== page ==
Being a blogger who lives in a mobile home, I tend to get a lot of mobile home related emails and questions about renovating them. I don’t particularly write this blog for mobile home folks per say, I try to share my ideas on how to make the most of whatever home you have. While we could easily afford a real house, it wouldn’t be in the same place where I live now, and there’s no place on earth I’d rather live. So we just make the most of what we have and do our best to bring our vision of home to life.
With all that said, I still get those questions. If you’ve never lived in a mobile home, there’s one thing that we all hate – those darn strips on mobile home walls that they use to hide the cracks in the drywall. Mobile homes are made with pre-wallpapered dry wall, then matching strips are made to hide the gaps, because they’re made as quickly and cheaply as possible. Plus moving a house creates all kinds of problems, so this also helps to eliminate cracking of dry wall compound in said joints.
I hate those strips. And I know that tons of others do, too, because I get emails about what to do all the time. So today I’m sharing the three ways we recovered our mobile home walls to get rid of the mobile home look.
1) Bead board: Let’s start with what we use the most: bead board walls. We have covered about 75% of the walls in our house with ply bead, and I’ve shared before how we install bead board walls. It’s not the cheapest option, but it is my favorite. Because mobile homes don’t have a lot of character, this adds tons of it. Plus they help insulate better and sound proof, both of which are issues mobile home owners have issues with. It costs on average about $600 per room to do this – but if you think about the energy savings from the additional protection of the walls, it’s really worth it. Plus, let’s face it – it’s pretty. I’m all about some pretty.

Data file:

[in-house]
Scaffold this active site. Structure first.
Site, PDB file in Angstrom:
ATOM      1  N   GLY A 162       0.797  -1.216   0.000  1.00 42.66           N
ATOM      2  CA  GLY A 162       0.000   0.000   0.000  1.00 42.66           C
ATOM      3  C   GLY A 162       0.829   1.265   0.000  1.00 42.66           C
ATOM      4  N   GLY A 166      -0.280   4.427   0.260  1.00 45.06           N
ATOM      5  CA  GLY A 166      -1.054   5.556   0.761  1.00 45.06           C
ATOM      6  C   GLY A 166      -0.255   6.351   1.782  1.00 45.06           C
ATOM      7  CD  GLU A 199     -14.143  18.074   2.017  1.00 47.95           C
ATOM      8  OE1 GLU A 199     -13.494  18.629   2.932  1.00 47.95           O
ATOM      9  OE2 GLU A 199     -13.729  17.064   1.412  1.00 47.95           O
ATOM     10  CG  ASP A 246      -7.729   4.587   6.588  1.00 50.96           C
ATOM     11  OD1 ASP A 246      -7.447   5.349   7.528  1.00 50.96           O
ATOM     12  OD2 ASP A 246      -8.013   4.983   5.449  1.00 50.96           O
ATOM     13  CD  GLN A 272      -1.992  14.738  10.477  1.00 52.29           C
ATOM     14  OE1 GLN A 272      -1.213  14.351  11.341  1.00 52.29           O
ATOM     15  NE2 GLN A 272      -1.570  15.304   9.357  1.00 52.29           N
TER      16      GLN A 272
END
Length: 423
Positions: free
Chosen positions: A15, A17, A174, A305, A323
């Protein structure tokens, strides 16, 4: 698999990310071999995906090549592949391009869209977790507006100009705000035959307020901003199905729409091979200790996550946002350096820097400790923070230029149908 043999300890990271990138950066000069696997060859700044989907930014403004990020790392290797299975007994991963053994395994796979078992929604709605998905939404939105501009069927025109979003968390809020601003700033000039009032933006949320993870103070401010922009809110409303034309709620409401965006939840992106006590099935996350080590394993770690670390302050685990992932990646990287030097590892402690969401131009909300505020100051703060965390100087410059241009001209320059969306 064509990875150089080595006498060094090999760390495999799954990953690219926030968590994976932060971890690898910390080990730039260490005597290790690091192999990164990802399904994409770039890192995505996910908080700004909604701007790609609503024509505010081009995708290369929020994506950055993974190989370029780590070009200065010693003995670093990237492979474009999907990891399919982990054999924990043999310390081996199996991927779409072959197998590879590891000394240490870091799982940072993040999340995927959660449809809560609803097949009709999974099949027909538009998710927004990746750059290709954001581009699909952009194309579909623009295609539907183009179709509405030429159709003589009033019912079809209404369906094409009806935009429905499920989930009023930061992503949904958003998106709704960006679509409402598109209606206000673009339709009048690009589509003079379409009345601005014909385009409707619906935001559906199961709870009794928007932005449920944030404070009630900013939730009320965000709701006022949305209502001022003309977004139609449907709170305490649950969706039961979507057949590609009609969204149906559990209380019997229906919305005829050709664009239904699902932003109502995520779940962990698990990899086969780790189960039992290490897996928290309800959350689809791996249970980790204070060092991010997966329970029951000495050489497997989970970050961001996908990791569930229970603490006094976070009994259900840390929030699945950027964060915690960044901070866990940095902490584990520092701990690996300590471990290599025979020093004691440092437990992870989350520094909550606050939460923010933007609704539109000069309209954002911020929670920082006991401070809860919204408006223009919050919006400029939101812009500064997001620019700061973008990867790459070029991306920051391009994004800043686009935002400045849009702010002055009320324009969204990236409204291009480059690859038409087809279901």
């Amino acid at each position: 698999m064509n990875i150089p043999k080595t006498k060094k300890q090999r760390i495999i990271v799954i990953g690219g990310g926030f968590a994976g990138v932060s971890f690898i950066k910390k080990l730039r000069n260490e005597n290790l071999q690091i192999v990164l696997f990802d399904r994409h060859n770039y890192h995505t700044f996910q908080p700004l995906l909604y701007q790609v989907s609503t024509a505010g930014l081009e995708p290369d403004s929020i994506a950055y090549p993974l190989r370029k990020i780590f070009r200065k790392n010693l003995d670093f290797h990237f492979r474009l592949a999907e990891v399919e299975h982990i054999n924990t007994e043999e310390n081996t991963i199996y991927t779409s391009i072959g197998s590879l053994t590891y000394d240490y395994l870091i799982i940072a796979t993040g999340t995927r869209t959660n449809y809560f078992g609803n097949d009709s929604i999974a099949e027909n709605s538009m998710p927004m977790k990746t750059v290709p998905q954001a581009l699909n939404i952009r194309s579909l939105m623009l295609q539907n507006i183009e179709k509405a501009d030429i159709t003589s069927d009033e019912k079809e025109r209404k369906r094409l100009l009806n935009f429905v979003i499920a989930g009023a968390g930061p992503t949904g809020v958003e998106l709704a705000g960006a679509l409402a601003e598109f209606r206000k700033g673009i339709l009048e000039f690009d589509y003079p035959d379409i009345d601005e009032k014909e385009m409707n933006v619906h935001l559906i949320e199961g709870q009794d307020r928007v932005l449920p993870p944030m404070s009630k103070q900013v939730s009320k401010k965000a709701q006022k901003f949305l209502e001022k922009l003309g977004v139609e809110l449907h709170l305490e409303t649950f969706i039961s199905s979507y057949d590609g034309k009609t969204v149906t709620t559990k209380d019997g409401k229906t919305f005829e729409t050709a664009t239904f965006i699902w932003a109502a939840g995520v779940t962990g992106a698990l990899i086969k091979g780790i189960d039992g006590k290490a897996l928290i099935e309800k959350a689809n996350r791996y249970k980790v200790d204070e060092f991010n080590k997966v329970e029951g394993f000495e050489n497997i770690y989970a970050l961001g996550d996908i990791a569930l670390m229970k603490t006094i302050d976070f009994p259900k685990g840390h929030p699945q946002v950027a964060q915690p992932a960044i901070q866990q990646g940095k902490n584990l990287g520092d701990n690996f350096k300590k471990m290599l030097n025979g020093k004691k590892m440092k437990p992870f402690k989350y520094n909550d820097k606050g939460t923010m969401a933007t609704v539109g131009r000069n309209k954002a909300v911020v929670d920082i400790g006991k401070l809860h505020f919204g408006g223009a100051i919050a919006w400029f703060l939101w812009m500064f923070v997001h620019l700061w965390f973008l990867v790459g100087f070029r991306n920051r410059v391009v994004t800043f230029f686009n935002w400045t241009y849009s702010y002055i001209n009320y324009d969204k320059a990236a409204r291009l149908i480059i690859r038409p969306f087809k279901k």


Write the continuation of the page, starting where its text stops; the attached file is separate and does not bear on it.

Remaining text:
2) Corrugated Metal: In our laundry room, we kind of ran out of budget, but found a KILLER deal on some metal roofing, so we installed it on one wall. The whole wall was less than $40 to do (including trim), and it went up faster than bead board. On top of that, it doesn’t need to be painted. Can you say win/win?
3) Planking: The last (and most recent) wall treatment we’ve added is plank walls. We have them as a focal wall in our bedroom and love the rustic quality it lends, even though these days I’m trying to take a more modern approach (juxtaposition is one of my favorite things.)
I’m sure there’s probably eleven million other ways to cover walls without breaking the bank, these ideas are ones I’ve actually used and can tell you with experience that they work. Do you have to live in a mobile home to use them? Absolutely not! If you’re looking to add a little something extra to a space, wall coverings can go a long way, baby!